Responding to a Knock on Your Door

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November 10, 2021

Unsolicited offers to acquire your business can come as a surprise. Active professional acquirers (both strategic buyers and private equity investors) use M&A as a driver of growth and proactively reach out to targeted businesses regularly to evaluate potential acquisitions. Before opening the door, it is important to evaluate the opportunity and respond accordingly.  

Understand who is on the other side of the door

While most interest is certainly genuine, some groups may simply be kicking the tires or fishing for information. Beware of the ‘blanket buyside’ letters that implies an unidentified buyer, they rarely result in a successful outcome. However, if there is an identified buyer with a legitimate interest and compelling rationale, it may be worth considering.  

Set the tone with the initial response

Be a good listener, understand who is at the door and why they are interested and learn what they already know about you. You can determine if the interest is legitimate while also gathering important market intelligence.

Sharing too much information has its risks: the rumor mill can start to churn within the market and your employees, sensitive information can end up in the wrong hands and there can be a big distraction from the core operations of the business. Being overly eager can also hurt your negotiation leverage and might lead to a potentially lower value.

A Choice of One is not a choice at all

Rarely does the first knock on the door present the highest value or the best possible partner for the business. Professional buyers never submit their best offer first, so it is OK to say "No". The buyer will not be offended and will still be interested when you are better prepared for the conversation.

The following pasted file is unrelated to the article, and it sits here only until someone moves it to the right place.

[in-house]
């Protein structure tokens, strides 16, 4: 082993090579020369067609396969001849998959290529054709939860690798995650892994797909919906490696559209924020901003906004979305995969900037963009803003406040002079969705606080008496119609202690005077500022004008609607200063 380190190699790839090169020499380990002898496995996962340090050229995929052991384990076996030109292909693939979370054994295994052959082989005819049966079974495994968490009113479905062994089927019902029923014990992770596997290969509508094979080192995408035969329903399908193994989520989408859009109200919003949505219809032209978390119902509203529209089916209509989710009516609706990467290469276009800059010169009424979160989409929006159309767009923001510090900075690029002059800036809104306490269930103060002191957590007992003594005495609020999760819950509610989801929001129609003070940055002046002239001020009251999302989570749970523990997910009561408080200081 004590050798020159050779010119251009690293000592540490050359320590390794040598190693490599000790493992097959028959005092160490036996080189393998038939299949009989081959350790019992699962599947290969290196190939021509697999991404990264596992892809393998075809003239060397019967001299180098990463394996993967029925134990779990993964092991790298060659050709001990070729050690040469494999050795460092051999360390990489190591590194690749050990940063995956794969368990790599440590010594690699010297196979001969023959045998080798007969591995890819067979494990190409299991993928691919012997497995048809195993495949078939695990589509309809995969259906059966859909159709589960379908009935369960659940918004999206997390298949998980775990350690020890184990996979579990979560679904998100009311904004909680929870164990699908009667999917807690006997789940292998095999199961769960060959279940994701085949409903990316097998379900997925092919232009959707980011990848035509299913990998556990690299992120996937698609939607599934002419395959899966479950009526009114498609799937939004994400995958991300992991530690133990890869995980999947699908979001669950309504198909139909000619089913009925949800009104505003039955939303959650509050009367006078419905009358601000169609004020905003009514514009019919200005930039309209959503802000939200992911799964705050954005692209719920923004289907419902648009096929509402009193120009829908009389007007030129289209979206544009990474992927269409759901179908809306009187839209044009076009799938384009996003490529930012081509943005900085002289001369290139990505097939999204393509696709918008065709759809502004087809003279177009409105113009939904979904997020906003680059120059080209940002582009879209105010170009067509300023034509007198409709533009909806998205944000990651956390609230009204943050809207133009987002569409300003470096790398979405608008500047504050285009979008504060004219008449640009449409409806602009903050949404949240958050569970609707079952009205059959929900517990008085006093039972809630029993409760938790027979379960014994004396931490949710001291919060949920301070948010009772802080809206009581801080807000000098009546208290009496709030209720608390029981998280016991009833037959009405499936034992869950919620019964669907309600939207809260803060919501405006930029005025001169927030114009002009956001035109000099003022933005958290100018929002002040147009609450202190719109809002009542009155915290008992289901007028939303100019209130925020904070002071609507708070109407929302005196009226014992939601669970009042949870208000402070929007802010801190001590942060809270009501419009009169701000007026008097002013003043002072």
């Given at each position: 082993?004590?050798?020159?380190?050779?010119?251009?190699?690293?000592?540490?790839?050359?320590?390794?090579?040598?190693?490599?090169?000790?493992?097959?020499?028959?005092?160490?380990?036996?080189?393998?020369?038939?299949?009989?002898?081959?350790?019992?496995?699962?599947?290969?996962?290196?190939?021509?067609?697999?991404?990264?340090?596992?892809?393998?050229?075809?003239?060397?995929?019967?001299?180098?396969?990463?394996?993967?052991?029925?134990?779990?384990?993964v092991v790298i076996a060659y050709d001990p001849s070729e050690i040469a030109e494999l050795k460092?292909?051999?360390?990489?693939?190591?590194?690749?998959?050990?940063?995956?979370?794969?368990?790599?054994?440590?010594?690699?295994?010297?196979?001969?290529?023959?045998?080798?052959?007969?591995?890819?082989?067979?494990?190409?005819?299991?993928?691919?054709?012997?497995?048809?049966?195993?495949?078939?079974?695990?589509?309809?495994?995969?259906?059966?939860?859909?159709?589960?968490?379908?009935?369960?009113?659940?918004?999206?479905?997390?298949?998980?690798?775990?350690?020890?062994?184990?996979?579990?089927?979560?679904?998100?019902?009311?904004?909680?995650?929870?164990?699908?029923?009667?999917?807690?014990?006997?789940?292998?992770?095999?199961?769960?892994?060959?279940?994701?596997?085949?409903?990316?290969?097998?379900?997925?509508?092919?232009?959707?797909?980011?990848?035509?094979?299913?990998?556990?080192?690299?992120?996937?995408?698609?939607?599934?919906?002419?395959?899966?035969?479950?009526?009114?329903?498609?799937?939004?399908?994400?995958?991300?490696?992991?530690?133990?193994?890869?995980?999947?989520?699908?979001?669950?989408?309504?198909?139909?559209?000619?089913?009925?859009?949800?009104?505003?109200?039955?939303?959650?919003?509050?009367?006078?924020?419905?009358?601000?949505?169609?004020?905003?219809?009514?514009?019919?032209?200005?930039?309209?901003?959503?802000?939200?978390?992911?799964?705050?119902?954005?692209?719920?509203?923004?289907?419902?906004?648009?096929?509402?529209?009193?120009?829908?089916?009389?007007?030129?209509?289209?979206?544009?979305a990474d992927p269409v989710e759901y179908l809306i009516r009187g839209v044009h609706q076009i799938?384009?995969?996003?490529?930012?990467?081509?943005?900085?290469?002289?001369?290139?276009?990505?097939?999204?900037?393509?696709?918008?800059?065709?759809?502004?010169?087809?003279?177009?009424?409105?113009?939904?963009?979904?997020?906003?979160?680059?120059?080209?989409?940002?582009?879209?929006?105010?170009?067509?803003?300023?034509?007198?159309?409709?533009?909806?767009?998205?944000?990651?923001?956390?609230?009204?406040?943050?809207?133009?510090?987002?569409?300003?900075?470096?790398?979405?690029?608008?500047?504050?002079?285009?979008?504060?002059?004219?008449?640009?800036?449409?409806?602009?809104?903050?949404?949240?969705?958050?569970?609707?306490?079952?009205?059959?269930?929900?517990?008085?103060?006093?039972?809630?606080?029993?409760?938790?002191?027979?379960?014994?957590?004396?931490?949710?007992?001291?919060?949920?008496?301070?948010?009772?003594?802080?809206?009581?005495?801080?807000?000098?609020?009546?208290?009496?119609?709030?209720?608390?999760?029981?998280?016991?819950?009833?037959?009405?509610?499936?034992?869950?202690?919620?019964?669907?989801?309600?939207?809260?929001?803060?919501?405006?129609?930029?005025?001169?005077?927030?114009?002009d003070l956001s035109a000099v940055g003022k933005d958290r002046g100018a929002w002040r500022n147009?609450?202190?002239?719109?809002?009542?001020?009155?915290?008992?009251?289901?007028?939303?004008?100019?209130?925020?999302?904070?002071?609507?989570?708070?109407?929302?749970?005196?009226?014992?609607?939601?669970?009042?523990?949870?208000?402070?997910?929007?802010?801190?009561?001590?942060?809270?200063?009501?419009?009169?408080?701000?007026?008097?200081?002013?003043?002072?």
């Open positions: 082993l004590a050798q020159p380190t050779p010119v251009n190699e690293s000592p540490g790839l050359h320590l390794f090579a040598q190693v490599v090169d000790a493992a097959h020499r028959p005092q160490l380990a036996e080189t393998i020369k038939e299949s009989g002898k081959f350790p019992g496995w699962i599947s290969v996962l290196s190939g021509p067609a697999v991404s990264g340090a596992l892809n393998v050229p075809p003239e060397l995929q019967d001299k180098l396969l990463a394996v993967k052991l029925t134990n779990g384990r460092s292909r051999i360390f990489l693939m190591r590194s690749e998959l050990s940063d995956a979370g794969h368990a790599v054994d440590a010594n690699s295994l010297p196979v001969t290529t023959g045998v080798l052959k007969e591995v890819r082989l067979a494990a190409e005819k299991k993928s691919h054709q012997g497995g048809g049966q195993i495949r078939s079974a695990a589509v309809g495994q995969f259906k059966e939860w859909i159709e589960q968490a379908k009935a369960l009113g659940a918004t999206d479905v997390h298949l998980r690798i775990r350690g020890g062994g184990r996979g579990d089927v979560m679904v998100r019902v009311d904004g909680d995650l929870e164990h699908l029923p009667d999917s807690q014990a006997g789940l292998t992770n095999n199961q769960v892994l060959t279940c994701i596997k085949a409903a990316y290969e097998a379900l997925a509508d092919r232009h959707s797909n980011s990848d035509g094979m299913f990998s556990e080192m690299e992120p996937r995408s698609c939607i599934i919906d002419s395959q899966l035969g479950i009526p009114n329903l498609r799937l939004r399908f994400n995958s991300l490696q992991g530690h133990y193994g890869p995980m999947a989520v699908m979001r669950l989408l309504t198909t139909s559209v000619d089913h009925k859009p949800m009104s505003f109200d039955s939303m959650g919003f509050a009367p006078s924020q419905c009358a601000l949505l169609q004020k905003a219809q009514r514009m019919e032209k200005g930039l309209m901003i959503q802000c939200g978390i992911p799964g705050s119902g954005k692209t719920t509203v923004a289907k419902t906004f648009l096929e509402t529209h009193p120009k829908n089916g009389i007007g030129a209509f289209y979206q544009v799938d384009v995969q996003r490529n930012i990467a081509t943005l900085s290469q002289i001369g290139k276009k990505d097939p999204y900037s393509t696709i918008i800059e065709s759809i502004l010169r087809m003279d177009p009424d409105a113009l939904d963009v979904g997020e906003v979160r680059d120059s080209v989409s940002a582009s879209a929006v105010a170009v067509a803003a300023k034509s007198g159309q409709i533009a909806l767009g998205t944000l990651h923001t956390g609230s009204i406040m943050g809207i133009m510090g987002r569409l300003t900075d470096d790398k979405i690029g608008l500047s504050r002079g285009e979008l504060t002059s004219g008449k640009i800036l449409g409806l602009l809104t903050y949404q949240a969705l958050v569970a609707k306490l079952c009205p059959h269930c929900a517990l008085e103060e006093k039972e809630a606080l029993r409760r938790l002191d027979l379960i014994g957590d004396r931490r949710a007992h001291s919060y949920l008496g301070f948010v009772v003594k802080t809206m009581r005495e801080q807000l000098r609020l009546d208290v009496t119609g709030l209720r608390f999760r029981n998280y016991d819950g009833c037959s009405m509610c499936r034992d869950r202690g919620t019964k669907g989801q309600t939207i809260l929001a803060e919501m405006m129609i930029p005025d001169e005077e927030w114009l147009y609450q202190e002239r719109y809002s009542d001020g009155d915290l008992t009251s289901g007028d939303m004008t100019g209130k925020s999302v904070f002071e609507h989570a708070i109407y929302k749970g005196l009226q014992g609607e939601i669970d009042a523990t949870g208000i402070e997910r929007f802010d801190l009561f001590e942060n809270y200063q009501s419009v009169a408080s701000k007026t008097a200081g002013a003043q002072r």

Even if the offer is attractive, adding competition (either real or at least perceived) is the best way to maximize value. Be prepared to engage with others and develop a competitive environment.

Get Your Team in Place 

Assemble the right team to help you navigate the process. A well-rounded team requires expertise from a range of professionals, including an investment banker, attorney, accountant, tax advisors, estate planners, wealth managers and even family counselors. This team of experts can help you:

  • Clarify your near-term and long-term business needs
  • Understand personal objectives and determine if a transaction achieves them
  • Assess readiness for a transaction, for both the business and the owners
  • Offer a clear picture of legal risks and implications 
  • Identify potential tax saving strategies
  • Establish a wealth management plan – how much is enough?
  • Determine if that amount is realizable in a transaction
  • Evaluate the attractiveness of your suitor knocking at the door as a buyer or potential new partner
  • Identify and approach the best possible partners given the objectives, if needed
  • Manage a disciplined and accelerated process to get to closing

Getting an offer is NOT the goal

Many sellers believe the hard work is done once an offer is received. It is not.  The offer never gets better after saying “yes” so planning and preparing before the offer arrives is critical. If that knock becomes interesting, take the time to prepare for a successful process and the best possible outcome.

Conclusion  

There are no shortcuts. A successful transaction, either responding to a knock on the door or a fully-prepared competitive sale process, requires a substantial investment of time, resources, energy, and mindshare. Selling your company is a ‘once-in-a-lifetime’ event, you deserve the best possible outcome for your years of hard work, sacrifice and dedication.  

We are here to help

Whether responding quickly to an unsolicited offer or laying the foundation for a longer-term exit strategy, our team is prepared to help guide you through a successful process.

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